|Indulging in my "gilded pleasure" at the Viking Hotel on Bellevue Ave.|
As a Gilded Age enthusiast, a visit to Newport - where America's very rich and famous of the late 19th century built "cottages" along the Atlantic Ocean - was a must. Last month, I indulged my "gilded pleasure" and traveled to the east coast resort town and toured the five historic mansions that are still open this time of year: The Breakers, Marble House, Rosecliff, The Elms and Chateau-sur-Mer.
|One side of the great foyer inside The Breakers|
During our visit, we stayed at the Viking Hotel, on the famed Bellmont Avenue, home to many of the Newport Mansions. In fact, the hotel was built as a joint effort among some of the upper crust families to be a place for the overflow of guests to stay. Many of the cottages, although large by any scale, typically had bedrooms for members of the family only and maybe one guest room. It's hard to keep in mind, these were summer homes and used just for a few months out of the year.
First on my list were the Newport of homes of the Vanderbilts: The Breakers and Marble House. They were built by the grandsons of Commodore Cornelius Vanderbilt who created the family fortune with shipping and railroads. The competitiveness of the wealthy families to outdo each other with extravagant domiciles gave way to the term "Vanderbuilding" according to Gilded by Deborah Davis (see November 8, Tuesday Tea and Tomes: Gilded). And, no question, there was a lot of Vanderbilding going on in Newport!
|The Breakers, the biggest cottage in Newport|
The Breakers is the largest of all Newport mansions, built in 1893, to replace an earlier wood frame house of the same name that was destroyed by fire. The 70-room cottage was designed by architect William Morris Hunt and inspired by 16th century palaces of Italy.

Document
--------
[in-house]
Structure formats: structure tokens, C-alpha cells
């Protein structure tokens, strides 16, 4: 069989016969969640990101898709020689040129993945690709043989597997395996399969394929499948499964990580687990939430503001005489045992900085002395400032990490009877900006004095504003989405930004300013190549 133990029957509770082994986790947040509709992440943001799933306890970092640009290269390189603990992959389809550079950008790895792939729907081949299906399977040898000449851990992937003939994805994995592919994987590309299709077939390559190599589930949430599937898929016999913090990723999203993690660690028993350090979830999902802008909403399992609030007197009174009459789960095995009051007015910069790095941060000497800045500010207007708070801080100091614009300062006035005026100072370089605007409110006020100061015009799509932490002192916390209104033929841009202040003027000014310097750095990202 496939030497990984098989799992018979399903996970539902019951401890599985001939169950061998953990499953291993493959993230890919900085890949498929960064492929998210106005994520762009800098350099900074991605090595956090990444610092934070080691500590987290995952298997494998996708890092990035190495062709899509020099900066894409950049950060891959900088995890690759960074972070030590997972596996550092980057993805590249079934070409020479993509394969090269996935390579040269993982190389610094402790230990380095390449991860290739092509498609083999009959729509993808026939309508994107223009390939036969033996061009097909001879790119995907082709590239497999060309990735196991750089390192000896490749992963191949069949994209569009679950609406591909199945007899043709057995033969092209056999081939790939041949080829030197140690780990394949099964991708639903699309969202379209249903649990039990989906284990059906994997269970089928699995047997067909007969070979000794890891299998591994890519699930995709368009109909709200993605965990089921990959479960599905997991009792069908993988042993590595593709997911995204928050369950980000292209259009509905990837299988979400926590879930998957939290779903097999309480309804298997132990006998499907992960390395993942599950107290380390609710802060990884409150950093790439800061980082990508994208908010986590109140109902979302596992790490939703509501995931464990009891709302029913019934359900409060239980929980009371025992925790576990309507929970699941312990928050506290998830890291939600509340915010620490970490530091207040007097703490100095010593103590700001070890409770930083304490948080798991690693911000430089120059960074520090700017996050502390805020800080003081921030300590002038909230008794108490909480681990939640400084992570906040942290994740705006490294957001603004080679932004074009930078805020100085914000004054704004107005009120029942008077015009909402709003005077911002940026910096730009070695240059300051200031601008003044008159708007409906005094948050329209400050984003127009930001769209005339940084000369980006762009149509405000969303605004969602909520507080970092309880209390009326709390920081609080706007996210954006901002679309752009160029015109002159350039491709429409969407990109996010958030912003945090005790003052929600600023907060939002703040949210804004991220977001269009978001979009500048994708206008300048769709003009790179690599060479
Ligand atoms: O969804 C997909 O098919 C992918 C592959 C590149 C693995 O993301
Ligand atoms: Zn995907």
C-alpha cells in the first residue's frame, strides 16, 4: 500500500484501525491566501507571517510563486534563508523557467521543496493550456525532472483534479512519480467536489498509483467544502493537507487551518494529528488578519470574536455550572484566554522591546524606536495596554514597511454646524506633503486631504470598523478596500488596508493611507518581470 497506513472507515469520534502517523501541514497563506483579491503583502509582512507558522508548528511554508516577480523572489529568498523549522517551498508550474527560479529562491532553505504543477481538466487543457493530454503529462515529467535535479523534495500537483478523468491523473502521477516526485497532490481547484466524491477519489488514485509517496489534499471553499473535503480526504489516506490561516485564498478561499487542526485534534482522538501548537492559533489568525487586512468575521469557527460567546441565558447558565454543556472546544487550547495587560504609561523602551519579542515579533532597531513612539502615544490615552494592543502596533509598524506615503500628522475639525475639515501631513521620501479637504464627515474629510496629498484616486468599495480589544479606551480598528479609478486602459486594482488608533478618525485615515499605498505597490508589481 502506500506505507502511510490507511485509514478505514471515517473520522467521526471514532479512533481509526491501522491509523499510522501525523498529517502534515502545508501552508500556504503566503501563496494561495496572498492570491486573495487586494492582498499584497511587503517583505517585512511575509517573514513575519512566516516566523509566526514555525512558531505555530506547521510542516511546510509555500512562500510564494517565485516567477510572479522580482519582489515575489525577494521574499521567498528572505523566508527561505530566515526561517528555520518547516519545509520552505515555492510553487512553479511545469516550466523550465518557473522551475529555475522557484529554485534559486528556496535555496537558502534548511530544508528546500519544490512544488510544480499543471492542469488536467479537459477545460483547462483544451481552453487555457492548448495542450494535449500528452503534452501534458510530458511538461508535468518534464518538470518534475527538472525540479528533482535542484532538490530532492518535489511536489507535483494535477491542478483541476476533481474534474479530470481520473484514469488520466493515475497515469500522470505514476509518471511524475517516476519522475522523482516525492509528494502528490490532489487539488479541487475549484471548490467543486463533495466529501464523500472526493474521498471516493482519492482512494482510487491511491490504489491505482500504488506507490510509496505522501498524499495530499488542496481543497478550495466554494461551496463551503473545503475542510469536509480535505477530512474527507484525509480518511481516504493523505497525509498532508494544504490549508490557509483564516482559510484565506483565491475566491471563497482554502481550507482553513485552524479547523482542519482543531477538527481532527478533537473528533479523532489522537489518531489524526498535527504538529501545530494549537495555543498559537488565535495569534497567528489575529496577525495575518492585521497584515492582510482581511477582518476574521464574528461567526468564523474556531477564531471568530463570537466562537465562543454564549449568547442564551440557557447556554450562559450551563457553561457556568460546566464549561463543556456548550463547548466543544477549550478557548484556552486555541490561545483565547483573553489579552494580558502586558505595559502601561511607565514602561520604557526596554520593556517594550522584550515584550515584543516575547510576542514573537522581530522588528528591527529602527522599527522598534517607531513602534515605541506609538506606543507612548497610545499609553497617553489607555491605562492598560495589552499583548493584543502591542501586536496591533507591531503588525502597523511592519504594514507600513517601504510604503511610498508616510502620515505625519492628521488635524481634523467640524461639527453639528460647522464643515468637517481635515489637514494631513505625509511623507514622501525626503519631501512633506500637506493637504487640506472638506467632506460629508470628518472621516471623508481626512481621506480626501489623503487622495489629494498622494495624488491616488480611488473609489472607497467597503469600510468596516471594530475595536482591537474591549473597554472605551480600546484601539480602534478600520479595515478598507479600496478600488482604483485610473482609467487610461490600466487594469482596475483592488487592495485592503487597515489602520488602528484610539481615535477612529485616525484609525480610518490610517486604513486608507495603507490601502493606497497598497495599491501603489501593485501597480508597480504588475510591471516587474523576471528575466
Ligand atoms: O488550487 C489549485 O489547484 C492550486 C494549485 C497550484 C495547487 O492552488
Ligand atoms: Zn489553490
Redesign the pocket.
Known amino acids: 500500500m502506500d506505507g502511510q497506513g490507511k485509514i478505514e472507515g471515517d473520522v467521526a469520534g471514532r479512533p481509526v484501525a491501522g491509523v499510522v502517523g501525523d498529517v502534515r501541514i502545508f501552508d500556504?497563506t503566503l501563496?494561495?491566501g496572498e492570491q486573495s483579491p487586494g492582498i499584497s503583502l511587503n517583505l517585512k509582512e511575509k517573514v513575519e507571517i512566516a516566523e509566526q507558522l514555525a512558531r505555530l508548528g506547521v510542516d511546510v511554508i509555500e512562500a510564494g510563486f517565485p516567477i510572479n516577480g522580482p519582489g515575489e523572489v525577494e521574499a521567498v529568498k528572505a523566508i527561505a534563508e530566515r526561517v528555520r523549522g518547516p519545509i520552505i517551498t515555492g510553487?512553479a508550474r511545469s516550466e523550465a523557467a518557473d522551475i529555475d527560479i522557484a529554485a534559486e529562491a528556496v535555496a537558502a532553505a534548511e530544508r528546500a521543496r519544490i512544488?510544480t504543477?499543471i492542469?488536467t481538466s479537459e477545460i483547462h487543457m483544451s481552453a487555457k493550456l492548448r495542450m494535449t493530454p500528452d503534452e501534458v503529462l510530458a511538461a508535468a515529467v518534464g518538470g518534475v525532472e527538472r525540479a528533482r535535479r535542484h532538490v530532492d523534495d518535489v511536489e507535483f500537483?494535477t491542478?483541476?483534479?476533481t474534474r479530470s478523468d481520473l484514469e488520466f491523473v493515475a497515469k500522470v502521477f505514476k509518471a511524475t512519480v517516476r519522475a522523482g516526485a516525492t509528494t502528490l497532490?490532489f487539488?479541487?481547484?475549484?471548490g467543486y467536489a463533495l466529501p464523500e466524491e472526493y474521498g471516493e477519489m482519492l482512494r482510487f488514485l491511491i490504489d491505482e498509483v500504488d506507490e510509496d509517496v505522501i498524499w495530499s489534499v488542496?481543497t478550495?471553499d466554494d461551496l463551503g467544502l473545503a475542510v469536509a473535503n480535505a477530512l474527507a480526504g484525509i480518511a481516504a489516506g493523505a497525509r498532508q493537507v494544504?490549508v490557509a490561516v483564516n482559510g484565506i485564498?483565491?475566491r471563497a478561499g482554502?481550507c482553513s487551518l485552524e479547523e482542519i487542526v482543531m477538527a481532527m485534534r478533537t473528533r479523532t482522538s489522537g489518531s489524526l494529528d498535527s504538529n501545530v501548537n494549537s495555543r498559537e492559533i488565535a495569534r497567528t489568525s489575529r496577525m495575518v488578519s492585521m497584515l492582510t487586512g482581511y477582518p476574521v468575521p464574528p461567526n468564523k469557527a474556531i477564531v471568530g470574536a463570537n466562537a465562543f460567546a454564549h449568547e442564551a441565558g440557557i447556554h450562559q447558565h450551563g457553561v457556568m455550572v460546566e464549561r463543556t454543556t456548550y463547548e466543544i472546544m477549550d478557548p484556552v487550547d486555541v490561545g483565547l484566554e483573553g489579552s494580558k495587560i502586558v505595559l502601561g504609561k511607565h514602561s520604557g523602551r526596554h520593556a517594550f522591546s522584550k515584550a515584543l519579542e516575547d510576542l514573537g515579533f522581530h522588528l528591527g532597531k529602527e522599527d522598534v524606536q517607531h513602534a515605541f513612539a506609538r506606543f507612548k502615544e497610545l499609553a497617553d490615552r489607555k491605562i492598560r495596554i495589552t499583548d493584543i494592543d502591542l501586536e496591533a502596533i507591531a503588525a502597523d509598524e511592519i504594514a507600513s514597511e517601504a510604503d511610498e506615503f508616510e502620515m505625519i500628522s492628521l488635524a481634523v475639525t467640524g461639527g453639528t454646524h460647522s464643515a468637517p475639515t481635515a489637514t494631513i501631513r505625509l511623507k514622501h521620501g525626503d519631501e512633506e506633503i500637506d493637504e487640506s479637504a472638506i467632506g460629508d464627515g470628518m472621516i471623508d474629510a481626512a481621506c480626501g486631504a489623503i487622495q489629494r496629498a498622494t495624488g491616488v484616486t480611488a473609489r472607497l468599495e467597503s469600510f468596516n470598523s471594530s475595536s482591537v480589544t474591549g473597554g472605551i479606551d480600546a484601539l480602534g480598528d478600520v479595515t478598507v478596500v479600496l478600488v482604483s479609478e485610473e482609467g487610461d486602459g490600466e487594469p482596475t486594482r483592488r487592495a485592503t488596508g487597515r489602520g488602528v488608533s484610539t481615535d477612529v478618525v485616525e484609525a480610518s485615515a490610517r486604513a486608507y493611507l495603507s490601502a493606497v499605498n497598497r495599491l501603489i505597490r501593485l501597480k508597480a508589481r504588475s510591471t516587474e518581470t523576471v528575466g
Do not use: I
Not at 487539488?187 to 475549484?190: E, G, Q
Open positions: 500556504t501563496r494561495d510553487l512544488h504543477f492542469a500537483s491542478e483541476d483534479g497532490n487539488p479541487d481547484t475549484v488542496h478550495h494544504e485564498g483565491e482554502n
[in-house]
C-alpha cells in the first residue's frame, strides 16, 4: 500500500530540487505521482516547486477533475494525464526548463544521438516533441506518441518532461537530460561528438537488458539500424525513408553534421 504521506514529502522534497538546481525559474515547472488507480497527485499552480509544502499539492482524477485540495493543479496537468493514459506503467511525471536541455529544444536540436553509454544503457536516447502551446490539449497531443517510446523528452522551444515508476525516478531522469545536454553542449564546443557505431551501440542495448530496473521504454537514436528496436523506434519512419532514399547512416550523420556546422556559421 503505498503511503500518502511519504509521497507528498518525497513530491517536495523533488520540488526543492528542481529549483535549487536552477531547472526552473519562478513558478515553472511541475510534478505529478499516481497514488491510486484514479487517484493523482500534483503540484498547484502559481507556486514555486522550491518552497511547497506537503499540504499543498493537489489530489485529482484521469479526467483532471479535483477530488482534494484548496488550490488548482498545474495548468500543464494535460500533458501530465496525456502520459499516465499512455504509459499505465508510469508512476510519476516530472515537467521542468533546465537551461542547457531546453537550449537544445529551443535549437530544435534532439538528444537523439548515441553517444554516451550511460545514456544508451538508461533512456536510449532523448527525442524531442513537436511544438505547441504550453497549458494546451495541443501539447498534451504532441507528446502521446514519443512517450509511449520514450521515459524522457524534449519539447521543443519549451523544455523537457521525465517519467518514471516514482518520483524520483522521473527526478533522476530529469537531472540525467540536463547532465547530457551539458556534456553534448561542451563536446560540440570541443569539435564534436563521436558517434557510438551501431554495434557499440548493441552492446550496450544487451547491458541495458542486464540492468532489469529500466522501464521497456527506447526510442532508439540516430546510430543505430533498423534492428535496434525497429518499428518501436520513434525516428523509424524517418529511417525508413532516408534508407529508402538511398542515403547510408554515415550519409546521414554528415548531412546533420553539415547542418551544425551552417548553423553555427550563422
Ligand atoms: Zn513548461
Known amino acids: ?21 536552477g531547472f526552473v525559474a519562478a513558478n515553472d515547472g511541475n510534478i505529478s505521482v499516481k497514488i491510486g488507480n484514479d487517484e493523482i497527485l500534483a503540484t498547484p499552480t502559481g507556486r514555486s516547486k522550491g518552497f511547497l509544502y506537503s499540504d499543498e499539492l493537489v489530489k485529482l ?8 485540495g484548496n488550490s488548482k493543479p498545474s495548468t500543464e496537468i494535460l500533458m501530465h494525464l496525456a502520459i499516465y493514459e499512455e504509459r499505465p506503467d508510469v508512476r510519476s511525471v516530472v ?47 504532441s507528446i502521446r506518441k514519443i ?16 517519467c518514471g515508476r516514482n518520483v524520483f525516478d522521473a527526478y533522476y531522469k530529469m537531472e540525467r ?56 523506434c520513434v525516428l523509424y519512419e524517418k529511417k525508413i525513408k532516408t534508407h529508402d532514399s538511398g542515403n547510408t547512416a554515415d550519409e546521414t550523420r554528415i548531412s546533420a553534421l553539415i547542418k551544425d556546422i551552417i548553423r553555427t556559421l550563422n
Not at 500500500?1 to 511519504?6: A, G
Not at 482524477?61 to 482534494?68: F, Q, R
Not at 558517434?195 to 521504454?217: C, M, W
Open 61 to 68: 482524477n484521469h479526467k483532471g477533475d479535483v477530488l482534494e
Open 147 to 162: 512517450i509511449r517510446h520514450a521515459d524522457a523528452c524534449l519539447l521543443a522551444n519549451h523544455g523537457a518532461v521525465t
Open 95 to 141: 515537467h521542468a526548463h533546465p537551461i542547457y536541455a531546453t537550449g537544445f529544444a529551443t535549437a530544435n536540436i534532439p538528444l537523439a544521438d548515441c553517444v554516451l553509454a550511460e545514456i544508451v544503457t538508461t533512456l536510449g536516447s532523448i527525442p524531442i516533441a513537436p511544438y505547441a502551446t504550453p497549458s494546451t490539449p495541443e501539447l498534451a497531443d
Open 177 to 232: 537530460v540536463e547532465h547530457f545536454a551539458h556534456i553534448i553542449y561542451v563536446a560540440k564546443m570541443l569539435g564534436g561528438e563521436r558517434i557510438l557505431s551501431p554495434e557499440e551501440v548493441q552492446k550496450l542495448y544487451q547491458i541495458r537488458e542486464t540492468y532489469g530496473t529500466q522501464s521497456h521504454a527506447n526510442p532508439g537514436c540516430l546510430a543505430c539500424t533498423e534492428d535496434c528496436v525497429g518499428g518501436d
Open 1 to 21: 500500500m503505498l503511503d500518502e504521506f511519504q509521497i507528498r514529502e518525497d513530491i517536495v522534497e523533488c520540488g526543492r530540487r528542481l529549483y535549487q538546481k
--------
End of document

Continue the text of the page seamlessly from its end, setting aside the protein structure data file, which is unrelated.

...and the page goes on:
|Chris strolls through The Breakers second floor hallway|
Around the corner and down Bellevue Avenue sits Marble House, also designed by William Morris Hunt, but with much direction from owner, Alva Vanderbilt, spouse of William K. Vanderbilt. William K. gave Alva the house as a 39th birthday present.
|Happy Birthday, Alva! Marble House, aptly named, has 500,000 cubic ft of imported marble|
Built to resemble a chateau at Versailles, the cost of the home in modern-day currency amounts to $11 million with over half that amount going to 500,000 cubic feet of marble.
|Marble walls, staircases in Marble House|
Alva Vanderbilt's ambition was a double-edged sword. Her strong-will rebelled against the social convention of staying with a philandering husband and she risked ostracism from her friends for insisting upon, and obtaining, a divorce. She was also a great supporter of the 19th amendment and held suffragette meetings at the Tea House she had erected on the grounds of Marble House.
|Cosuelo's bedroom at Marble House, designed entirely by Alva|
However, that same drive had a downside. Alva groomed her daughter, Conseulo, to be the bride of an English lord. Consuelo had fallen in love with an American gentleman and wanted to marry him instead of a British aristocrat. Domineering and manipulative, Alva insisted her daughter marry the Duke of Marlborough, which sent Conseulo to Blenheim Castle in England and trapped her in an unhappy, loveless marriage.
|Gothic Room where the Duke proposed to Consuelo|
Mother and daughter reconciled and eventually Conseulo left the Duke and married the second time for love - so there are some happy endings!
|Marble House lawn overlooks the Atlantic Ocean, spectacular views inside and out|
We had been to Newport over ten years ago, but only had time to tour The Breakers. This trip was amazing - time to visit five mansions, partake in afternoon tea and get our fresh seafood fix. But, most importantly, I indulged in my gilded pleasure in Newport, learning more about this fascinating era in such a beautiful setting.
More Gilded Pleasures coming to the blog. Stay tuned.